Justifiable confidence in your skill set means you have nothing to be scared of

Why are professionals with years of experience and talented work to show off nervous that amateurs and hobbyists will steal work from them? 

If they truly have the skill and experience that they are claiming justifies their price, then they shouldn't be worried about this at all. As I wrote in my last post, there has been an uproar lately among the professional photography community that up and coming amateurs and hobbyist photographers are undercutting them on price, stealing their work, and bringing the industry down as a whole. This is an especially sensitive topic to me obviously, as Snapm, aims to connect amateur photographers with paying jobs. However I argue that they are serving different customers, different needs, and that the price being charged for a job is determined by the market and not by an artificial point agreed to by the old guard.

Additionally, if you are truly talented, have years of work under your built, and have a portfolio of work and clients to show off in support of this, then the last thing you need to be worried about are amateurs stealing work from you. I liken this to the scare in the IT world that IT professionals are losing their jobs to outsourced workers overseas. Unknowing outsiders started advising against studying computer science in college because all programming jobs would soon be snatched up by overseas workers who could charge a fraction of the price. This thinking is wrong for two reasons.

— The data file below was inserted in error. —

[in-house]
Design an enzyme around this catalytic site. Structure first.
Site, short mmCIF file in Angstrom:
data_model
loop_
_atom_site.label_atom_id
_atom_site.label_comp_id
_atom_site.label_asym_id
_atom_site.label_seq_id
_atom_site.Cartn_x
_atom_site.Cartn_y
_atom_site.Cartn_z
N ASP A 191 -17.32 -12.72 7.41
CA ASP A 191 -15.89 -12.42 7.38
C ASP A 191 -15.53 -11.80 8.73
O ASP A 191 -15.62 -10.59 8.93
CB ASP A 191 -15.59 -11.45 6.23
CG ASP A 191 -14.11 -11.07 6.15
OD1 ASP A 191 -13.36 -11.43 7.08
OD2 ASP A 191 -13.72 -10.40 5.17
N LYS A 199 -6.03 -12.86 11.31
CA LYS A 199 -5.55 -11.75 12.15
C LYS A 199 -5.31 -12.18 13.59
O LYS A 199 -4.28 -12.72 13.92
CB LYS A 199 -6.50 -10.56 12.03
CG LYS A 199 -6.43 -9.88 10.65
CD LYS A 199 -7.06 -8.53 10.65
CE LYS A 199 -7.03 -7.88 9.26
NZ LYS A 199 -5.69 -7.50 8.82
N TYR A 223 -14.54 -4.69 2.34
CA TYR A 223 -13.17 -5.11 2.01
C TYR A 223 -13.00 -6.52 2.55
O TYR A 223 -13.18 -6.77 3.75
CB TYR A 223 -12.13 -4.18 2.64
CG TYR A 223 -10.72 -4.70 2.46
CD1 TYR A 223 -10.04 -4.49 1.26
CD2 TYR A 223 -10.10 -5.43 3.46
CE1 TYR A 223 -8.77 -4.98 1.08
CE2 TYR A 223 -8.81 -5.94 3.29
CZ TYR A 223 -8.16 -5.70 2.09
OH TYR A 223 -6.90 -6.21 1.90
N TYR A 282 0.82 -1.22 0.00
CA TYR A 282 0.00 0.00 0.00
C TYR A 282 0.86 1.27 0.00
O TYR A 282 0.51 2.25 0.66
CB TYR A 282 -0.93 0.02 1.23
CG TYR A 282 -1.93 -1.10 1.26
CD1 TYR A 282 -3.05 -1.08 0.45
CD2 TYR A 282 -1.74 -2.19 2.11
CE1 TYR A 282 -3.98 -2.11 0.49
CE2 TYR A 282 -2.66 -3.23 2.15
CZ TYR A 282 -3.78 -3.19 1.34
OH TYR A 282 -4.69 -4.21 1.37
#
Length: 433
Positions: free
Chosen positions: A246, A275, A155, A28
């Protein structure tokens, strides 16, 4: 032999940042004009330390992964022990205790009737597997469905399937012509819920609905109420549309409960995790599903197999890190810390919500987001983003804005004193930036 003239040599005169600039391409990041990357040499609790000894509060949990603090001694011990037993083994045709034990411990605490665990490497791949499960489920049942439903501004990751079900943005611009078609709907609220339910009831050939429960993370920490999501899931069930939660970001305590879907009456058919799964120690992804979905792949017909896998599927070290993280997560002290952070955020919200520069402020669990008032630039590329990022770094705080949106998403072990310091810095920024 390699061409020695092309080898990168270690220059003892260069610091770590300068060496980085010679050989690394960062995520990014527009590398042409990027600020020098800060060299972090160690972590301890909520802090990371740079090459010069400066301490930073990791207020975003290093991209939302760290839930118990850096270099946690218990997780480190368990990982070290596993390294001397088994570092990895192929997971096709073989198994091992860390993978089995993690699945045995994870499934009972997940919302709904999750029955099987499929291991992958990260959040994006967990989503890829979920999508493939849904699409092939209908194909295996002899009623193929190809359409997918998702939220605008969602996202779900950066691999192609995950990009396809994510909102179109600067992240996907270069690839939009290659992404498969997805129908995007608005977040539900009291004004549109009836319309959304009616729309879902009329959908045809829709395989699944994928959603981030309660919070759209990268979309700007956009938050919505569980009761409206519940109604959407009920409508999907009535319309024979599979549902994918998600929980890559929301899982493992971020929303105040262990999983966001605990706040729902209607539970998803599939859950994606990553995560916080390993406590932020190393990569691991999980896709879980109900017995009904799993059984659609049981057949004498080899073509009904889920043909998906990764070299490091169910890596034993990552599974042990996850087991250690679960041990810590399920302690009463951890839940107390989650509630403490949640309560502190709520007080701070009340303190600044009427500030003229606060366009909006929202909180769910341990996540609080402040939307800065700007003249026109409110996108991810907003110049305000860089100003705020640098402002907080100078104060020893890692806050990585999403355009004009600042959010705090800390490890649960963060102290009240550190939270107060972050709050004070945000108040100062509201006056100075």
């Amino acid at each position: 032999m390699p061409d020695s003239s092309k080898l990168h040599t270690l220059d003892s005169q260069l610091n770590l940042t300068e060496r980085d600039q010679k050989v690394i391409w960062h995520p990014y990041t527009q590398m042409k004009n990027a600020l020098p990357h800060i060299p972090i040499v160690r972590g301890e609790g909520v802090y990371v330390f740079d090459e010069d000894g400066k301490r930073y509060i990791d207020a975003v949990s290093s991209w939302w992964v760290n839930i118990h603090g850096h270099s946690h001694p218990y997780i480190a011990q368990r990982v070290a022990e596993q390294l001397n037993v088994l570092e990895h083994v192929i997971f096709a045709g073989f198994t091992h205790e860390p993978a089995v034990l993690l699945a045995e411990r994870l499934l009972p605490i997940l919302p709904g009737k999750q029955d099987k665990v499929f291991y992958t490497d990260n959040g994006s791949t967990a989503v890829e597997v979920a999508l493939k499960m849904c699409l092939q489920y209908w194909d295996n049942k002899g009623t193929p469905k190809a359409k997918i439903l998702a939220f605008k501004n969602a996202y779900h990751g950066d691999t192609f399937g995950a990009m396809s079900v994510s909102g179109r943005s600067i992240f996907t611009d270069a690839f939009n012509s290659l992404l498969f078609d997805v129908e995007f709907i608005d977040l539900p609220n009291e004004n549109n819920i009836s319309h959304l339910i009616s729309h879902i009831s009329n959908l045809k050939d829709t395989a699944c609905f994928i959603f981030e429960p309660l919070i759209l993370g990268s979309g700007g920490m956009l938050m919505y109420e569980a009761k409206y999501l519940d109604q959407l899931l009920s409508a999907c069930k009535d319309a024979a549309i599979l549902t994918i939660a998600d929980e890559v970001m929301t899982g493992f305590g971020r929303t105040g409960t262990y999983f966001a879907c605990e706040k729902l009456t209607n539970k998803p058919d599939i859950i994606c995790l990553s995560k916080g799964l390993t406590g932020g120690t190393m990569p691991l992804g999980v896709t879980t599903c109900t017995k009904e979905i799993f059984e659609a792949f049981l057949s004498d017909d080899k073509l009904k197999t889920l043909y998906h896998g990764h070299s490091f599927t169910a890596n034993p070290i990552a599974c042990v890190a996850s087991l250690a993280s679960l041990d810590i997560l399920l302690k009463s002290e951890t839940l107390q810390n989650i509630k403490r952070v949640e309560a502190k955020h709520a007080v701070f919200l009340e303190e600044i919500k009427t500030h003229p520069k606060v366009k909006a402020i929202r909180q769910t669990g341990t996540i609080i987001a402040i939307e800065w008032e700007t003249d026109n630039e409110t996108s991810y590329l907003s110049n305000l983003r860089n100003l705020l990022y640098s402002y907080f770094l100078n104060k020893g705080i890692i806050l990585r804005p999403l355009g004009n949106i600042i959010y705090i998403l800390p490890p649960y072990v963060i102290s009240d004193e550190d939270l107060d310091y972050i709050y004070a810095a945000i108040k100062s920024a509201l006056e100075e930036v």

First of all, the statement comes from a lack of understanding of what computer science really is. It is, contrary to common belief, not the study of computer programming. It is a rigorous background in abstract and analytical problem solving. It gives you the basis to solve problems that deal with system architecture, scaling, network administration issues, data model design, security, as well as the ability to implement solutions in all of these areas. The notion that someone with a strong computer science education is a replaceable programmer is most definitely false. This is supported by the fact that smart, experienced computer science minded folks are in high demand throughout industry as well as in the early stage startup world. You may be able to outsource some of the repeatable programming tasks, but when it comes to architecting your system, you need someone who knows what they're doing.

The second reason that I believe this thinking is wrong in the area of computer science, is that as companies take advantage of cheaper overseas programming for basic tasks, they become more efficient in the technology arena – and this leads to more technology. The more cutting edge technology or new initiatives they are taking, the more talented, intelligent people they'll need locally to architect and oversee the efforts. This creates "smarter" jobs. Sure the IT certified Java programmer may lose his coding job to an outsourced agency, but the jobs that are created will reward smarter more well rounded candidates, allow the companies to grow more intelligently, and the result will be even more jobs created in the future.